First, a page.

Treasurer Scott Morrison has pounced on the Grattan report, saying it concedes Labor's attack on negative gearing and capital gains tax is nothing but a "tax grab".

But Labor has hit back, saying there are serious ramifications of not dealing with housing affordability, far removed from the "mission accomplished" attitude of the Turnbull government.

Meanwhile former prime minister Tony Abbott has renewed his call for a cut to the migration intake.

"The best thing we can do, I think at the federal level, is scale-back the rate of immigration, not forever, but certainly until infrastructure, housing starts ... catch up," Mr Abbott said.

RELATED: Is immigration too high in Australia?

But Housing Industry Association managing director Shane Goodwin warned houses will not get built if the population doesn't grow.

"The main driver of population growth in Australia is migration," Mr Goodwin said in a statement.

Housing supply needs to keep up with immigration if housing affordability is to improve. Pic Stephen Cooper
Housing supply needs to keep up with immigration if housing affordability is to improve. Pic Stephen Cooper

 

WE NEED TO CHANGE

The Grattan Institute believes housing affordability must be tackled and said Australia's high housing prices are forcing people to rent longer, which is generally less secure and blocks people from taking advantage of the tax and welfare benefits of home ownership.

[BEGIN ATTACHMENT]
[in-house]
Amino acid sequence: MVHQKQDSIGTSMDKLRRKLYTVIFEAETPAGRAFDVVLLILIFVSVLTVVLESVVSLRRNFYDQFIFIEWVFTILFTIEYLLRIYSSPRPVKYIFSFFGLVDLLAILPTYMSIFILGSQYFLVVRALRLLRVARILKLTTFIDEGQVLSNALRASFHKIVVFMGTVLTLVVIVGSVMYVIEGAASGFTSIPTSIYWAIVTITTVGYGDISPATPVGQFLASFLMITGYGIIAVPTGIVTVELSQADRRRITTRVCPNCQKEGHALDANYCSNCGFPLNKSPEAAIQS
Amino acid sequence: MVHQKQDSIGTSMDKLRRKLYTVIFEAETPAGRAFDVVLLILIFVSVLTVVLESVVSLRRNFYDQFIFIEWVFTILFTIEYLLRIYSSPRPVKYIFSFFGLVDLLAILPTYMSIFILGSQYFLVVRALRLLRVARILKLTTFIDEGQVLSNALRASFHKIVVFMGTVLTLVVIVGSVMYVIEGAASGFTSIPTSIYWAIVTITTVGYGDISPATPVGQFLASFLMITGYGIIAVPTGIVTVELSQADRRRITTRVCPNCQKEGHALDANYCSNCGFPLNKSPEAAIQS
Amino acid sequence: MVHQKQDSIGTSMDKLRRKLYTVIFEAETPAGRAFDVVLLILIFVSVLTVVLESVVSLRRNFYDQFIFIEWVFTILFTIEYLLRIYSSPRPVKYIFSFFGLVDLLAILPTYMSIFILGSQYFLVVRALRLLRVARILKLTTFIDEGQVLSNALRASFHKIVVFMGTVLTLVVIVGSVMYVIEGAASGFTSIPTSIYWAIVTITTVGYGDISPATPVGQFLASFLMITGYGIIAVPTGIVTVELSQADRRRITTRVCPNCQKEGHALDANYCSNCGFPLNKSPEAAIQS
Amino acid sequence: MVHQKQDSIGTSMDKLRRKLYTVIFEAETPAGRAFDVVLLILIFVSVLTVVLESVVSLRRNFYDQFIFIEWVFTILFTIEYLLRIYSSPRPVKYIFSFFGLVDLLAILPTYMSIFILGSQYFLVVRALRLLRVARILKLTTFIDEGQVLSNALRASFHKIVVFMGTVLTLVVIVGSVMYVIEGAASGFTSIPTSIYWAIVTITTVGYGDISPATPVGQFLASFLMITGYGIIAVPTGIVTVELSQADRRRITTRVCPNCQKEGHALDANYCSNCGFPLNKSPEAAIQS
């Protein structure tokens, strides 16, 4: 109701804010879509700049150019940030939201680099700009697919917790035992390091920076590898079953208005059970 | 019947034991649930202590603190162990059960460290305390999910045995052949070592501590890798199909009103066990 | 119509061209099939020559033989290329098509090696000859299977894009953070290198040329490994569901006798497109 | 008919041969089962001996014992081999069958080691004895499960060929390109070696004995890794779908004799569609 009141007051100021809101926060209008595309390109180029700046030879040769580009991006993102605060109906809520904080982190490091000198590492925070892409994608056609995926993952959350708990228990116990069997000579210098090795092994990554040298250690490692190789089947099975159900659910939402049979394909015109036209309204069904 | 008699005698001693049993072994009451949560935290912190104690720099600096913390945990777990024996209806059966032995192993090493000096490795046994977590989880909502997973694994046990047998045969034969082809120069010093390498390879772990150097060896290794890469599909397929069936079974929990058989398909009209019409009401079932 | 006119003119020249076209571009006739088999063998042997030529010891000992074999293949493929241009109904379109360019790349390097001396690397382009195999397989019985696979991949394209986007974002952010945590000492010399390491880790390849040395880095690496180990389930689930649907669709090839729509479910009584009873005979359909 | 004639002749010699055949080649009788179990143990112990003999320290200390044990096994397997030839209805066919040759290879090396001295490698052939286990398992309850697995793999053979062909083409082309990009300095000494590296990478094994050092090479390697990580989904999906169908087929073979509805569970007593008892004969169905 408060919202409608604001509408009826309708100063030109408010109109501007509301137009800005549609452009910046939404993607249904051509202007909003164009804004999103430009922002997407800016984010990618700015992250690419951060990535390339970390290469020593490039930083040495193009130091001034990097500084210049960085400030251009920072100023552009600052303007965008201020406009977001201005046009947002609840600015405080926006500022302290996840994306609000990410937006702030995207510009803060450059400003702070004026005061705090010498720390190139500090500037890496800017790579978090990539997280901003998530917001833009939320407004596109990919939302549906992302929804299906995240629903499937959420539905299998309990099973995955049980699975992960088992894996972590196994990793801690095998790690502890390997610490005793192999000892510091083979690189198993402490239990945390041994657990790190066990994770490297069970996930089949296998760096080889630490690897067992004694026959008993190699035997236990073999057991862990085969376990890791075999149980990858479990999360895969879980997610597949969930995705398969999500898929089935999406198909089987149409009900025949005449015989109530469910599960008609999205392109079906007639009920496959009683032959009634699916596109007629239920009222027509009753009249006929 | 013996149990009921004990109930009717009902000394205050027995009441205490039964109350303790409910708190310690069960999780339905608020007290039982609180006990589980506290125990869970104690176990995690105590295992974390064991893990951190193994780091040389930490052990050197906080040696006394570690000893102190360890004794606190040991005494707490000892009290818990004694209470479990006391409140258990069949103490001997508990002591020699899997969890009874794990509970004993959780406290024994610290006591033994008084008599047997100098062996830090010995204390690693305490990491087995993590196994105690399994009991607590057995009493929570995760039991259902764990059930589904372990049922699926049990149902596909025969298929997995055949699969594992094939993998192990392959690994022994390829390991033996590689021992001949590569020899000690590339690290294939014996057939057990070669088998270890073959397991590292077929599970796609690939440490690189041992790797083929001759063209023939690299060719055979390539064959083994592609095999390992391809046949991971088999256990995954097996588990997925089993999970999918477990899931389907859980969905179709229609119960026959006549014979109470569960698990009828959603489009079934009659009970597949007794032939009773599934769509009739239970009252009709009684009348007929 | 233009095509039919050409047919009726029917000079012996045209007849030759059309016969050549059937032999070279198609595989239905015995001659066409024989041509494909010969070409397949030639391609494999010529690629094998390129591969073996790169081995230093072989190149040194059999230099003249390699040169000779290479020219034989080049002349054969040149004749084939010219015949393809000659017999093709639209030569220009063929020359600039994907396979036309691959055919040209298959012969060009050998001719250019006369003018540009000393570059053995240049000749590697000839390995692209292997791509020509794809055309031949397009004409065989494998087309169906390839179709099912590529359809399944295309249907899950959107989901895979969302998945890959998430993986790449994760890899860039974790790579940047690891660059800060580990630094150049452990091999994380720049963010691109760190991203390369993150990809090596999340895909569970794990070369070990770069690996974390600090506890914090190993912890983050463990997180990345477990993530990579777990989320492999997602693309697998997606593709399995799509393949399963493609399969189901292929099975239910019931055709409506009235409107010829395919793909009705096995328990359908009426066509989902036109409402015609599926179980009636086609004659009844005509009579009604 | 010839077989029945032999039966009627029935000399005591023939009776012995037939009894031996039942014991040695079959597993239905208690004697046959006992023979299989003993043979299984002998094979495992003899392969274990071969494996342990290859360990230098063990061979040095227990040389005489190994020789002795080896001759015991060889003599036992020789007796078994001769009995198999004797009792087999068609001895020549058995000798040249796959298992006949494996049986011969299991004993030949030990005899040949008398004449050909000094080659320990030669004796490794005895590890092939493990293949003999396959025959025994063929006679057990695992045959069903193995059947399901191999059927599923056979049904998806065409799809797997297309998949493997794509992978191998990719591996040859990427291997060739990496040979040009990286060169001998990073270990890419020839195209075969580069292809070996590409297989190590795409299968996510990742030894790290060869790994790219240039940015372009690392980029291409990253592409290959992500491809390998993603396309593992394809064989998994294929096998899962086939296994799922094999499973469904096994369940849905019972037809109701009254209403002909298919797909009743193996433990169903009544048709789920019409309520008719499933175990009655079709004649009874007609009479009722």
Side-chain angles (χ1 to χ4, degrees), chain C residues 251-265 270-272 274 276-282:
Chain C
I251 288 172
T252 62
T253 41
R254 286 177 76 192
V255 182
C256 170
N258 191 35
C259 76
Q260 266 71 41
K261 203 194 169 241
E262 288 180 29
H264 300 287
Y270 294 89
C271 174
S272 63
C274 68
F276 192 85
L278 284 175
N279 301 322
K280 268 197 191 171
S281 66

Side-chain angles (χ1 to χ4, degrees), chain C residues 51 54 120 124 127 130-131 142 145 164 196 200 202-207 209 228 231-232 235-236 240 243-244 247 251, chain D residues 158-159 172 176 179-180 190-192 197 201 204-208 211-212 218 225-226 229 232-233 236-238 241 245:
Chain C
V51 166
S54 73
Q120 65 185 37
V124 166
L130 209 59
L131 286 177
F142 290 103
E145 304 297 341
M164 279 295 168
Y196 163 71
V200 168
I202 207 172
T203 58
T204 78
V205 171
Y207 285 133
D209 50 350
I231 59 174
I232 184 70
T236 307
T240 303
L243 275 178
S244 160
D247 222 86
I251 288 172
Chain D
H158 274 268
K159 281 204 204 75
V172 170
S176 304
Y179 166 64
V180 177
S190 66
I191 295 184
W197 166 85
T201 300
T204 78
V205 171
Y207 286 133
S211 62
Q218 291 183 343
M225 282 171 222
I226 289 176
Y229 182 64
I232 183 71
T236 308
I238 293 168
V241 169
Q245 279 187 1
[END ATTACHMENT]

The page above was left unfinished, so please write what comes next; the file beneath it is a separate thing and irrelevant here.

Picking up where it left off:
"Rising house prices have contributed to greater inequality," the report notes.

"Homeowners' wealth has increased dramatically due to rising house prices.

"Younger people and those with lower incomes who have missed out on buying a house are being left behind. Increasingly, getting the benefits of homeownership depends on the wealth of your parents.

"Higher levels of household debt may also worsen any future economic shock, because people with higher debt are more likely to cut back their spending."

The report also notes that growth in people's real incomes is also being held back by the increasing cost of housing.

"Incomes for the lowest 20 per cent of households have increased by about 27 per cent since 2003-04. But with housing costs rising faster than incomes, real incomes after housing costs have only grown about 16 per cent over the same period," the report says.

"Both homeowners and renters in the bottom 20 per cent of income earners are spending more on housing. Rising housing costs have affected higher income earners less."